The U.S. Court of Appeals for the Sixth Circuit recently affirmed a trial court’s ruling that, at least under Michigan law, a lender could recover against a living trust that guaranteed a loan from the property held by the trust.
A copy of the opinion in JPMorgan Chase Bank, N.A. v. Winget, et al is available at: Link to Opinion.
A closely-held company obtained a loan of almost a half-billion dollars from a group of banks. The company’s principal agreed to guarantee the loan, both individually and on behalf of his living trust.
The borrower defaulted and the lender sued the principal individually and the trust. The trial court found that the principal’s liability was limited to $50 million, but not the trust’s, and entered judgment for the lender.
The principal paid the lender the $50 million he owed, but the trust paid nothing toward its obligation, which totaled over $750 million. The trial court held that the lender “could recover that money from the property held by the Trust and certified its decision as final under Rule 54(b).”
The principal and the trust appealed.
On appeal, the Sixth Circuit explained that “the question here is whether a creditor can recover against a trust from the property held by the trust.” The Court found that the answer was “yes” under Michigan law “as well as hornbook trust law … because trusts can enter into contracts no different than anyone else. And when they do, they honor those obligations — sometimes voluntarily, sometimes not—through the trust property.”
The Court then reviewed the “black letter” law of trusts, starting with the fundamental features of a trust such as “the separation of legal and equitable title” and that a trustee holds legal title, manages the trust property, and has the power to enter into contracts on behalf of the trust, while the beneficiary holds equitable title or “the right to benefit from the trust property.”
The Sixth Circuit further explained that when a trustee enters into a contract, “he doesn’t act with impunity. (Otherwise, why would anyone make an agreement with a trust?) Rather, he makes the trust liable on the contract.”
When a trust refuses to honor its contractual obligations from trust property, “creditors can sue to recover from the trust property—just like any other contract. … So although the terminology may seem complicated the takeaway is quite simple: a party who has a contract with a trust can recover from the property held by the trust.”
The Court rejected the principal’s argument “that he ‘owns’ the trust property because he can revoke the Trust at any time [and] [t]hus, … [the lender] can’t take the property to satisfy the Trust’s obligation” by explaining that “it doesn’t matter who ‘owns’ the trust property (at least as trust law uses that term). After all, trusts usually don’t ‘own’ property. … So if ownership mattered, creditors of a trust—revocable or not—could almost never recover from the trust property. And that would surely surprise the many authorities who have written to the contrary.”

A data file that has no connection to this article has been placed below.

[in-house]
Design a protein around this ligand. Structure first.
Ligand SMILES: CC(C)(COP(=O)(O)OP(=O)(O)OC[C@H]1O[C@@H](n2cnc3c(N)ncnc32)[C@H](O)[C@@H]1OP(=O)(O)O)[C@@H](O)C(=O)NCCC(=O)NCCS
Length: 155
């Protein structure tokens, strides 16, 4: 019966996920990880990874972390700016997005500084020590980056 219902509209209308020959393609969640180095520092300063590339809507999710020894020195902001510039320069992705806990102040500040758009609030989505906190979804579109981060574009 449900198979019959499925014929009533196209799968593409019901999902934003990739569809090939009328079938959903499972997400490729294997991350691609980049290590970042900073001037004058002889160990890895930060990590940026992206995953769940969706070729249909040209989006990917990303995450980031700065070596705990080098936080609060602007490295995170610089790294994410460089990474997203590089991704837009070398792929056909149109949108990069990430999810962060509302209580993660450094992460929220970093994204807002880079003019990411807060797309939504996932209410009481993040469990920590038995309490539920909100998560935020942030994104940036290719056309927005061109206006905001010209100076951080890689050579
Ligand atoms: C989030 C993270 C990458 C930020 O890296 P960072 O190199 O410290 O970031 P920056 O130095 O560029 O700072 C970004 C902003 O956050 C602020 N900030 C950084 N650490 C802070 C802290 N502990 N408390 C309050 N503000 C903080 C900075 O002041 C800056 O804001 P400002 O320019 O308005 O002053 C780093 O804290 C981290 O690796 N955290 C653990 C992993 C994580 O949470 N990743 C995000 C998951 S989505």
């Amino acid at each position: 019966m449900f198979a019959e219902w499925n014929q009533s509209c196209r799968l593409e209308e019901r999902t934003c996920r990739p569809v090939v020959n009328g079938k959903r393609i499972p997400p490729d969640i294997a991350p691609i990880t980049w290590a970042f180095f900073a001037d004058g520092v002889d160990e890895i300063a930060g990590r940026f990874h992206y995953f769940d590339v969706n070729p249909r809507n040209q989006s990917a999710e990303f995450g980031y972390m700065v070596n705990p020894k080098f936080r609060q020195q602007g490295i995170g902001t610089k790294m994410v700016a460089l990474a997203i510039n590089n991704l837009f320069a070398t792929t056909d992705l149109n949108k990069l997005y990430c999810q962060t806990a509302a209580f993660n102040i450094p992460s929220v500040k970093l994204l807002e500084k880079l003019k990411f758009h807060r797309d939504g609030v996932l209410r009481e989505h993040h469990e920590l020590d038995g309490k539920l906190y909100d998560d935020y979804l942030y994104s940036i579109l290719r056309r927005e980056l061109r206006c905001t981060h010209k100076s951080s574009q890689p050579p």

The Sixth Circuit reasoned that it also does not matter that the principal “pays taxes on the trust property or that revocable trusts have been described as ‘will substitutes.’” This is because “tax law may not treat revocable trusts as separate entities, but trust law certainly does.” In addition, while “revocable trusts might serve similar functions as wills, … that does not make them the same as wills … [because, for example] wills cannot enter into contracts with other parties or be sued when they breach their obligations.” Instead, a plaintiff “usually sues the trustee in his representative capacity, not the trust directly.”
The Court next rejected the argument that since several Michigan statutes governing “how creditors can recover against a ‘settlor’ (i.e., the person who creates the trust) … allow the creditors of the settler to recover from the trust property if the trust is revocable[,] … these statutes must prohibit the creditors of the trust from recovering from the trust property as well.” This is because “these statutes merely codify the principle that creditors can recover from the beneficial interest. … They do not repeal the principle that creditors of the trust can recover from the trust property as well.”
The Sixth Circuit also rejected as inapposite cases cited for the rule that “trust property cannot be used to satisfy a trustee’s personal liabilities” because “the trust property here would not be used to satisfy [the principal’s] personal liability. Rather it would be used to satisfy the Trust’s liability.”
Finally, the Court found unpersuasive “an unpublished, out-of-circuit decision” out of the Tenth Circuit holding that a creditor cannot recover “from the property held by the settler individually” because “[i]t did not address whether a creditor of a trust can recover from the property held by the trust itself.”
Accordingly, the trial court’s judgment was affirmed.